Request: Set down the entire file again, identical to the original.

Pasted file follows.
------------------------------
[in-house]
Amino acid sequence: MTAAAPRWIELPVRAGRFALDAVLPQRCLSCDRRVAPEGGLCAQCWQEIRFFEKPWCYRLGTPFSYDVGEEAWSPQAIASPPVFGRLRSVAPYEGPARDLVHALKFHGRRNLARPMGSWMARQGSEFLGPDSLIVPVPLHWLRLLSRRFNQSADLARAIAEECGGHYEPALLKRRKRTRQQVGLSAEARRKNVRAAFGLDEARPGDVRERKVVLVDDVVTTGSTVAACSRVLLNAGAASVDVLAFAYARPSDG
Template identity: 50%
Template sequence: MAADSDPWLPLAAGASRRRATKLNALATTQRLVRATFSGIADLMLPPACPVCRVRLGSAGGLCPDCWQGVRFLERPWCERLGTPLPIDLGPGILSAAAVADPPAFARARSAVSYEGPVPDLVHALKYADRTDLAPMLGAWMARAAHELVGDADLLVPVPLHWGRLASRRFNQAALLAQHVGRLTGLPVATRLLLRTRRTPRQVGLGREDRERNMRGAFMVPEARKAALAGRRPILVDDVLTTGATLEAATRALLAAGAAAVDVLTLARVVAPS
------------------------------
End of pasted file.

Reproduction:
[in-house]
Amino acid sequence: MTAAAPRWIELPVRAGRFALDAVLPQRCLSCDRRVAPEGGLCAQCWQEIRFFEKPWCYRLGTPFSYDVGEEAWSPQAIASPPVFGRLRSVAPYEGPARDLVHALKFHGRRNLARPMGSWMARQGSEFLGPDSLIVPVPLHWLRLLSRRFNQSADLARAIAEECGGHYEPALLKRRKRTRQQVGLSAEARRKNVRAAFGLDEARPGDVRERKVVLVDDVVTTGSTVAACSRVLLNAGAASVDVLAFAYARPSDG
Template identity: 50%
Template sequence: MAADSDPWLPLAAGASRRRATKLNALATTQRLVRATFSGIADLMLPPACPVCRVRLGSAGGLCPDCWQGVRFLERPWCERLGTPLPIDLGPGILSAAAVADPPAFARARSAVSYEGPVPDLVHALKYADRTDLAPMLGAWMARAAHELVGDADLLVPVPLHWGRLASRRFNQAALLAQHVGRLTGLPVATRLLLRTRRTPRQVGLGREDRERNMRGAFMVPEARKAALAGRRPILVDDVLTTGATLEAATRALLAAGAAAVDVLTLARVVAPS